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4-H clover 4-H'ers make the news, learn from the experience

4-H youth make for great news stories. While 4-H'ers are used to being interviewed and presenting to groups in their project work, news media can feel like a high-stakes game. Fortunately, University of Minnesota Extension puts the youth development experience first.

Reporters appear at 4-H events all year and county fairs are a mainstay of local news. But the Minnesota State Fair attracts new reporters and even national media. Young people don't always know when they will be approached, sometimes until they have a camera and microphone in front of them.

As a youth development program, Extension 4-H ensures that adult staff are always nearby to coordinate media, and in those roving reporter instances, to be a lifeline for support. Sometimes that means saying "no," or "not right now." But often, careful management of the situation leads to a story for the reporter and a positive learning experience for the young person.

"Developing the skills and confidence of each young person is our priority," says Jacquie Lonning, Extension youth development civic engagement and leadership director. "We prepare each participant ahead of time on what to expect in an interview, and youth in our Ambassador programs receive training on how to articulate their stories of belonging and growth in 4-H."

Making it a conversation

Lonning, along with communications staff, provide training on how to handle a news media request, practicing different scenarios and ways that they too can achieve something meaningful from their efforts.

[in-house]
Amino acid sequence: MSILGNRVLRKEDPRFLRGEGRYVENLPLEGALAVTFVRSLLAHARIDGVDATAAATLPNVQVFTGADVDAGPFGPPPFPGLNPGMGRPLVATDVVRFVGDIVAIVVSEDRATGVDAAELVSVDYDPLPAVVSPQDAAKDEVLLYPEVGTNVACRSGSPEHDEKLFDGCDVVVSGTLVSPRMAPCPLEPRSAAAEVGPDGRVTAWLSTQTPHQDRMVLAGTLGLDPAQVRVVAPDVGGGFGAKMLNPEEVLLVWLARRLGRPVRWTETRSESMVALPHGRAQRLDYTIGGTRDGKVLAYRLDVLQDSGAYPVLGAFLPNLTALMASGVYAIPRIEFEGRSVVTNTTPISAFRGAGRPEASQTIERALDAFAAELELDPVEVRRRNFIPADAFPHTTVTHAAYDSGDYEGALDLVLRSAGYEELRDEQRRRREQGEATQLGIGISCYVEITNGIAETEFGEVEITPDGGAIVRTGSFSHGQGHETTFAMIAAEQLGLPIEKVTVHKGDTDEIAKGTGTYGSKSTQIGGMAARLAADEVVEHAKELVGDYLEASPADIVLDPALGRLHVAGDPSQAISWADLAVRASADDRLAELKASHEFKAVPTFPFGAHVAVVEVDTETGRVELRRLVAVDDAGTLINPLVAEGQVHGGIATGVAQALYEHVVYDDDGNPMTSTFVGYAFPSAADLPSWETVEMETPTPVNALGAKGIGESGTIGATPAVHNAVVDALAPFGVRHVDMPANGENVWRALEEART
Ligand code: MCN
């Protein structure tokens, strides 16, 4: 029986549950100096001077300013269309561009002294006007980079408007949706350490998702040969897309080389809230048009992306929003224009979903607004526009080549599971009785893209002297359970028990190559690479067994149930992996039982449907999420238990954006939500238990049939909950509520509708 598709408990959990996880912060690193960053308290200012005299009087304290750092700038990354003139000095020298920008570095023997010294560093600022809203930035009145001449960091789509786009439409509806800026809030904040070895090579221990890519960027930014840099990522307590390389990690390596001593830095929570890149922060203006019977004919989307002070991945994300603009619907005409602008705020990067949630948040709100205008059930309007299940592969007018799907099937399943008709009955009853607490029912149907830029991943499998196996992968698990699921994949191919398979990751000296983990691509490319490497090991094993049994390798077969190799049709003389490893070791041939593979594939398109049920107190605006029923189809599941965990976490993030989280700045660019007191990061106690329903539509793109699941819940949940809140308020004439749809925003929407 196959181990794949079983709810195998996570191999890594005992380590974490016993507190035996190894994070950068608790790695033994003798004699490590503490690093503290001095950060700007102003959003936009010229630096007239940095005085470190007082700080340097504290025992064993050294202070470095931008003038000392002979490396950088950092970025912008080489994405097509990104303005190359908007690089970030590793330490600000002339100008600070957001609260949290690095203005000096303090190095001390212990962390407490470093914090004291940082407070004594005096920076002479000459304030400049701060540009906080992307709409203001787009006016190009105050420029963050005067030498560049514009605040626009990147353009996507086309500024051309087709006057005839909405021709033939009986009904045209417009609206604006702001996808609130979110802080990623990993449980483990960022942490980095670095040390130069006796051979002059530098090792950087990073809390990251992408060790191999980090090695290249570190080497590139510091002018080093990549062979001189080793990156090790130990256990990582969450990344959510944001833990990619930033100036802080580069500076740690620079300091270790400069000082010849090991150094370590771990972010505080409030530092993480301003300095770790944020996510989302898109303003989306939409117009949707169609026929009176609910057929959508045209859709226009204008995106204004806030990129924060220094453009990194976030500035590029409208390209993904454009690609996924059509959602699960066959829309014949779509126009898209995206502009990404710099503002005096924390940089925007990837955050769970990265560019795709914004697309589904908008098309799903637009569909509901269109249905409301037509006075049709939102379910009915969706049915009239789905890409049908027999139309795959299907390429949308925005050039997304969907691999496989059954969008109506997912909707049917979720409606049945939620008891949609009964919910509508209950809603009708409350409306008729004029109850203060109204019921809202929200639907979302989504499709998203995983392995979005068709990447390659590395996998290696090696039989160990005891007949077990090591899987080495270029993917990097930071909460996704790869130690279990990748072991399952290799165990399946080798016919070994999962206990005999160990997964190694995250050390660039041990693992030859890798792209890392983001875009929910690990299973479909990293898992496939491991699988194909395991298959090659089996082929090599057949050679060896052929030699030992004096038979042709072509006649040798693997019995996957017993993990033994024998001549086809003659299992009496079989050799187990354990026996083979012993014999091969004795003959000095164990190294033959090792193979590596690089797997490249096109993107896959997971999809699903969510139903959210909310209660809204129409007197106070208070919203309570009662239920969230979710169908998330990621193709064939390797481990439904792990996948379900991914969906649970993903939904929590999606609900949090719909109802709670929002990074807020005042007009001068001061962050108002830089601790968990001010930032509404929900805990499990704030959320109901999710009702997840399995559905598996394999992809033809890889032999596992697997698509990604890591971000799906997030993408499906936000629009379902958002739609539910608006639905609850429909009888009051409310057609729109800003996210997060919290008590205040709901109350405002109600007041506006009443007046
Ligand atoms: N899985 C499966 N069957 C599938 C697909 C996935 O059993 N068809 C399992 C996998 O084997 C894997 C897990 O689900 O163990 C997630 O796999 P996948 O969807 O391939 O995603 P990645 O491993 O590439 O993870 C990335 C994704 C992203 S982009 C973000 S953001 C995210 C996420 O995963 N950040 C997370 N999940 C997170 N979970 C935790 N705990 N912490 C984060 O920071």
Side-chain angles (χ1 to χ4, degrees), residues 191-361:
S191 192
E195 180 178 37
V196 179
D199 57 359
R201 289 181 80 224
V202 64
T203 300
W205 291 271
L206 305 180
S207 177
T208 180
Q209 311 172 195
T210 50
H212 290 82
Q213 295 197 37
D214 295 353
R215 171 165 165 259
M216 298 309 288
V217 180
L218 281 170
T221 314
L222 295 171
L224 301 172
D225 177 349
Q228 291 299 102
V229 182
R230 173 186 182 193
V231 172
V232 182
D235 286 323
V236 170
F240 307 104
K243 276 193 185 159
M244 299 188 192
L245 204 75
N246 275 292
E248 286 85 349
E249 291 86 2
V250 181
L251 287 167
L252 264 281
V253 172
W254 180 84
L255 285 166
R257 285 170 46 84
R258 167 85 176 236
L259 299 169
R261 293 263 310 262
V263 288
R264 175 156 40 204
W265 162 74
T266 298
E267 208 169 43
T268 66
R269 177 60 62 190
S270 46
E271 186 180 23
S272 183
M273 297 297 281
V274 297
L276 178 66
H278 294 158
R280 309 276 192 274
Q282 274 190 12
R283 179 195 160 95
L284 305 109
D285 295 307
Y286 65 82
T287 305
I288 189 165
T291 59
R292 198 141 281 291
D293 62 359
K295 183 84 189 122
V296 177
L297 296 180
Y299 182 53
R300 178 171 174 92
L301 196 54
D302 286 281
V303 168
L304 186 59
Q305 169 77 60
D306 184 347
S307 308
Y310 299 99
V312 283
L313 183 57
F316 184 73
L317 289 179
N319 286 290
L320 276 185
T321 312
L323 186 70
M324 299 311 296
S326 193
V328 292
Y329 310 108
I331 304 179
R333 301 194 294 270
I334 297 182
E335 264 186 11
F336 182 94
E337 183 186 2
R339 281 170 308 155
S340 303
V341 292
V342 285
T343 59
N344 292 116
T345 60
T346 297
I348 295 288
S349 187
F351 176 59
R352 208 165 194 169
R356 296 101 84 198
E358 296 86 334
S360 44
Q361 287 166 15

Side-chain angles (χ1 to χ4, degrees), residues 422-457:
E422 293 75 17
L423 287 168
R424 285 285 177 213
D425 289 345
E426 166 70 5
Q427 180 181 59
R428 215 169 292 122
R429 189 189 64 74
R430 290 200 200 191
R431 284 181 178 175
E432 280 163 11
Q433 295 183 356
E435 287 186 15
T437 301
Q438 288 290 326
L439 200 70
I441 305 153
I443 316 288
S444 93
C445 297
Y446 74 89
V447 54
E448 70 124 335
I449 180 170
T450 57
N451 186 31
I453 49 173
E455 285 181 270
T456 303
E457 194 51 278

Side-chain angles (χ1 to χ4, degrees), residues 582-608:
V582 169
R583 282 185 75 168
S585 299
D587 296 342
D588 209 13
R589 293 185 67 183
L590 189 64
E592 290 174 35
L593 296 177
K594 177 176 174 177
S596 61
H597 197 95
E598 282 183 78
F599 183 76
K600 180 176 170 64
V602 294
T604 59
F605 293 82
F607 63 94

For example, Evelyn Otto aimed to promote the lamb and wool industry with her project, a red wool dress she sewed from a vintage pattern and festooned with rhinestone buttons.


As a 4-H Ambassador in Wright County and a Minnesota 4-H State Ambassador, Evelyn is used to talking to both kids her own age and adults, but says the reporter's approach also makes a difference.

"With this last interview that I did, A.J. Hilton [WCCO-4] was really easy to talk to," she says. "He assured me with words like, 'Just pretend like we're having a conversation.' Being passionate and knowing a lot about my topic also makes it easy to discuss it with anyone."


Sharing knowledge and opportunity

Remembering that his leadership skills learned in 4-H were one reason he was selected to appear on WCCO-4 helped Jenovic Kadendula focus on the task at hand, to impart a little of the knowledge to the state fair audience that he and his Green Superheroes of Science team normally share with other youth.

"I was a little nervous at first, but my team had Zoom calls to talk about what we were going to do," he says. "I was fine once we got out there because we were really just teaching like we always do and it was also a chance to show people that they could do things like this in 4-H."

Next time you see a young person in a 4-H t-shirt in the news, you'll know — the story may come and go, but the skills and confidence they learn will last a lifetime. 

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